A new BBC show called Animals Behaving Badly is highlighting some of the cheeky things animals get up to when caught on camera.
The series began last night on BBC One at 8pm UK time, looking into how some animals have peculiar mating habits. This included mongooses who start wars to pick a partner, with the female leading her troop into battle before sneaking off when she finds a suitable male mate.
Barbary macaques in Gibraltar, meanwhile, employ kidnapping. When two males fight over a potential mate, the loser presents the victor with a kidnapped baby monkey, which they bond over. The baby is later returned to the mother.
“Anyone who saw this would think Barbary macaques are some of the most evil characters, stealing a baby for no purpose,” wildlife and science presenter Liz Bonnin told the Daily Mirror.
“It is one of the strangest peace offerings I have witnessed in the animal kingdom and I have no idea how this olive branch evolved, but it works and is incredibly important for their society.”
Then there were prairie dogs, which were shown to change partners up to six times in just six hours. This is because these hours are the only time a female is fertile in an entire year, so they increase their chance of conceiving and encourage genetic diversity. Some are less promiscuous, though.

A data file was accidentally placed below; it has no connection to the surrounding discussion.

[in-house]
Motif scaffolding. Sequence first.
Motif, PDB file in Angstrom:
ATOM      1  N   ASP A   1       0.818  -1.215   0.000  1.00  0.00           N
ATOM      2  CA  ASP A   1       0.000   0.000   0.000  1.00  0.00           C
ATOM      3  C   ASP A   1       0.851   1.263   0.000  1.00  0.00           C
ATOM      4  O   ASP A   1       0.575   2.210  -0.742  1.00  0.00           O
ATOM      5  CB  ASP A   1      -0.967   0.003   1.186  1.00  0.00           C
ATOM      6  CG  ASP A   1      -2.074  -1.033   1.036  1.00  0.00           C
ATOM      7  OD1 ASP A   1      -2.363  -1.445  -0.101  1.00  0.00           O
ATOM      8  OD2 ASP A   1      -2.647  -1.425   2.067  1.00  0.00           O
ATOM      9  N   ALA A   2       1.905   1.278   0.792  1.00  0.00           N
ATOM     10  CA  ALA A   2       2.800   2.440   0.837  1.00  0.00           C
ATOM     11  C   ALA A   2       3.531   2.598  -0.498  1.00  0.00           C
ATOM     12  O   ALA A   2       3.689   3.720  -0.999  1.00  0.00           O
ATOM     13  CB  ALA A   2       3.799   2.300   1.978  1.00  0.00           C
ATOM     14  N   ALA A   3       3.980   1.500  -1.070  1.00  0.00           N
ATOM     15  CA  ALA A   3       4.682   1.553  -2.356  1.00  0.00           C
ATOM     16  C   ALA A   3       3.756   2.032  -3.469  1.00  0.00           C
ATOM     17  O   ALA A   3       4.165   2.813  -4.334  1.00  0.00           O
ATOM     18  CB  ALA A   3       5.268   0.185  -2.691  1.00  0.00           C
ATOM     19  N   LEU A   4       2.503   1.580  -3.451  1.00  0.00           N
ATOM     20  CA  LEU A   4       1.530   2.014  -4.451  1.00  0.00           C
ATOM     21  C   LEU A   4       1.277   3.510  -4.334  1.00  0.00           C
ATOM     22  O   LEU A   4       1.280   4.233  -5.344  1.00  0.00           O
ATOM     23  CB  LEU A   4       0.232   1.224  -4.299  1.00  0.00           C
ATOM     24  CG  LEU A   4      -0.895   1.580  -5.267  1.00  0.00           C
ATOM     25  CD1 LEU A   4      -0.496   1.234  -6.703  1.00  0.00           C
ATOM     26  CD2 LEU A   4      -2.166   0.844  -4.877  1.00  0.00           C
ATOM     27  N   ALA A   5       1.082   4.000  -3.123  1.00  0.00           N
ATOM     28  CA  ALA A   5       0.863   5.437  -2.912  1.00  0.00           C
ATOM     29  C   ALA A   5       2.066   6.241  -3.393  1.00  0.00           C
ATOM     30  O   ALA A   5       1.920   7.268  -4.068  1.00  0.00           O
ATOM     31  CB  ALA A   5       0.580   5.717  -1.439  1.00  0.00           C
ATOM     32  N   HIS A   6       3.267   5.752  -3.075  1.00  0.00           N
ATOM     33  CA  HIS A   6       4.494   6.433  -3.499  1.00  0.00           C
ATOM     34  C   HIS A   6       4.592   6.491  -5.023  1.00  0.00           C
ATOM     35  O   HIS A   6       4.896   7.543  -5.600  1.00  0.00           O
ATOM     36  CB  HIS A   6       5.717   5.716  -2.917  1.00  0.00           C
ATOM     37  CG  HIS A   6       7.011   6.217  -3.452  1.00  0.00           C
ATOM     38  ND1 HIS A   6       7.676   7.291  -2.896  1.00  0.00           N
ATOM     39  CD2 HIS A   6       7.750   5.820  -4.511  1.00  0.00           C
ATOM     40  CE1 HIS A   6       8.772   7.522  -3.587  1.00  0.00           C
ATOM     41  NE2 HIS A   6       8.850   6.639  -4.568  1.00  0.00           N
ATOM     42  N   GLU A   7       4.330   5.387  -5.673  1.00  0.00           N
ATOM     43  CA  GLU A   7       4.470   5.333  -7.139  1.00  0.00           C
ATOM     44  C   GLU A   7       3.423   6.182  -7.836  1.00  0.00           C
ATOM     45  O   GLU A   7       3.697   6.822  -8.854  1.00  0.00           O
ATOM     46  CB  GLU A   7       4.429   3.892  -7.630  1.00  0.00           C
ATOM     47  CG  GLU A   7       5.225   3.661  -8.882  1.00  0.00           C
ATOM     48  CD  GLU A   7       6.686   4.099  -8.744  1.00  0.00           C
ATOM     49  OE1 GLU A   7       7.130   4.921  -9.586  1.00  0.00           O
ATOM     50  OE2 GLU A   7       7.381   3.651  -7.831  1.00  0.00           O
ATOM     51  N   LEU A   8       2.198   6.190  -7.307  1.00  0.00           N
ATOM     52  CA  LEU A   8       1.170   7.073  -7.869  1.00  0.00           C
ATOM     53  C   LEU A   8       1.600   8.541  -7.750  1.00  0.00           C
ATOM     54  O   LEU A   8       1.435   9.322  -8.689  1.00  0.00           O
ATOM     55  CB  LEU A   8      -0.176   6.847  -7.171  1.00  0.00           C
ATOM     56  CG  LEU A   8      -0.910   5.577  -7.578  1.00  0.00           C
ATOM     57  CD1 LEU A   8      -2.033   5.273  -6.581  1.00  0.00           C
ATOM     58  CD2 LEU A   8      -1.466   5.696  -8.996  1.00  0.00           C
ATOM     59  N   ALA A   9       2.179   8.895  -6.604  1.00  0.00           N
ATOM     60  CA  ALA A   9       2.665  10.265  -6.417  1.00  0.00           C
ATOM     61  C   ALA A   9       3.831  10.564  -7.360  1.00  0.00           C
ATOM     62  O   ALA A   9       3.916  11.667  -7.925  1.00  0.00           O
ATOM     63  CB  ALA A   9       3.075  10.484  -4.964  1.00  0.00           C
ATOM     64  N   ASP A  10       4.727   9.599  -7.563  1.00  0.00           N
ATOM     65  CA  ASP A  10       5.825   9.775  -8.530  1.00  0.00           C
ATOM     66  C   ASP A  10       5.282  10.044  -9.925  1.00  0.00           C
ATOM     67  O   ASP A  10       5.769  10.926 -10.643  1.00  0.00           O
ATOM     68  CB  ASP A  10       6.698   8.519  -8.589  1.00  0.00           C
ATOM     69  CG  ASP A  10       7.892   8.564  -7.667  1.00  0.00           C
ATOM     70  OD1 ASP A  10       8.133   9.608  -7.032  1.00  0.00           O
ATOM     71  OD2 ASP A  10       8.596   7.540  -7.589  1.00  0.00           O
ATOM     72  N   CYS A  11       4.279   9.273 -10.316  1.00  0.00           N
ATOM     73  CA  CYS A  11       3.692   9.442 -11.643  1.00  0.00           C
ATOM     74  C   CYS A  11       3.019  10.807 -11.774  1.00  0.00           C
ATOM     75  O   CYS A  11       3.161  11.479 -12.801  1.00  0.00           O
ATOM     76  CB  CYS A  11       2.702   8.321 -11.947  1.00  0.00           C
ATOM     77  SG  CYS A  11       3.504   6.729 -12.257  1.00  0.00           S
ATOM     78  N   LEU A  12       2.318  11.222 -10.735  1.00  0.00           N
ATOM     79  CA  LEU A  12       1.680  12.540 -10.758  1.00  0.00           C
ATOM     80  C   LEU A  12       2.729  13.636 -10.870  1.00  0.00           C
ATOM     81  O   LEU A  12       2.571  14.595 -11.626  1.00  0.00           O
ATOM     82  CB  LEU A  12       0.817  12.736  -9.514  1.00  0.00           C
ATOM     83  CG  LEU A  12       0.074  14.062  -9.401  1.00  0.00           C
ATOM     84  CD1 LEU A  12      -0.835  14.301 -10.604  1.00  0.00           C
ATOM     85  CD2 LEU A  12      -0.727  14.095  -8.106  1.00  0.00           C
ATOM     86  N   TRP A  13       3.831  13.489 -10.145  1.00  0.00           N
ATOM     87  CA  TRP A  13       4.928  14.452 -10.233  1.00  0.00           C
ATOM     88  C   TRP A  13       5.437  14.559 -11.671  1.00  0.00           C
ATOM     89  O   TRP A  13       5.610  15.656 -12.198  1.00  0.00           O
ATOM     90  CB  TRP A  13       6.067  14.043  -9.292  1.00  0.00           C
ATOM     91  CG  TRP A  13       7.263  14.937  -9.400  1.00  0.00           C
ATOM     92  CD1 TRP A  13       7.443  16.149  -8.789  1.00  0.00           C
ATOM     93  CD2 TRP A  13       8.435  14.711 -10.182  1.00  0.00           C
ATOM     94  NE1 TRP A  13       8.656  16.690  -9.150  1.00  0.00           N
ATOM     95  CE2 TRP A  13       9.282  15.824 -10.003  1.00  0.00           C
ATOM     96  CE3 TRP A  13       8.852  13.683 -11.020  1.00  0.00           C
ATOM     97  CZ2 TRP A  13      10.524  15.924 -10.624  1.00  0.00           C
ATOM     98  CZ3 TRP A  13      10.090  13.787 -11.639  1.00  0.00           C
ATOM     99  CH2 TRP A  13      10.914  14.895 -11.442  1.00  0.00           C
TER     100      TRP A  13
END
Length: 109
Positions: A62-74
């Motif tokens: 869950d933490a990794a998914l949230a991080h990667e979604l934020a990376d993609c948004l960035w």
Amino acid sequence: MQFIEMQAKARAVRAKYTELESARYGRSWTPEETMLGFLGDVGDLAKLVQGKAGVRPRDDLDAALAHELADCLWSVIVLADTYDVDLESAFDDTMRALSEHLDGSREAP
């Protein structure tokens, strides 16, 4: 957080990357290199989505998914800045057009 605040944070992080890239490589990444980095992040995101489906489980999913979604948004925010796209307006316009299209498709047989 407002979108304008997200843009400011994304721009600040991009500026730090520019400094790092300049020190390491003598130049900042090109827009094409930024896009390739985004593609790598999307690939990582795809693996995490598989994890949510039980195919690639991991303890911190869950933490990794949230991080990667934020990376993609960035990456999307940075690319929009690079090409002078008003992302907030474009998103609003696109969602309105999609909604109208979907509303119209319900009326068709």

Peacocks are also pretty sneaky, with males unable to mate faking a squawk, which attracts females who think the male has climaxed while mating. Long-tailed manakins are a bit more honest, working in pairs to perform a dance to attract a mate – although only one actually gets to do the deed, while the other misses out.
Things get a bit more violent with Dawson’s burrowing bees. Females only mate once, and spend most of their time hidden underground. But when they emerge, a swarm of male bees fight it out to be her sole partner, with the battle sometimes killing the female by accident.
And finally, there’s the praying mantis. When the female has finished having sex with a partner for about 40 hours, she often eats the male to improve the quality of her hundreds of eggs. She does this by, well, beheading them. Yikes.
Animals Behaving Badly airs every Wednesday at 8pm on BBC One, and you can also catch it on the BBC iPlayer if you missed out.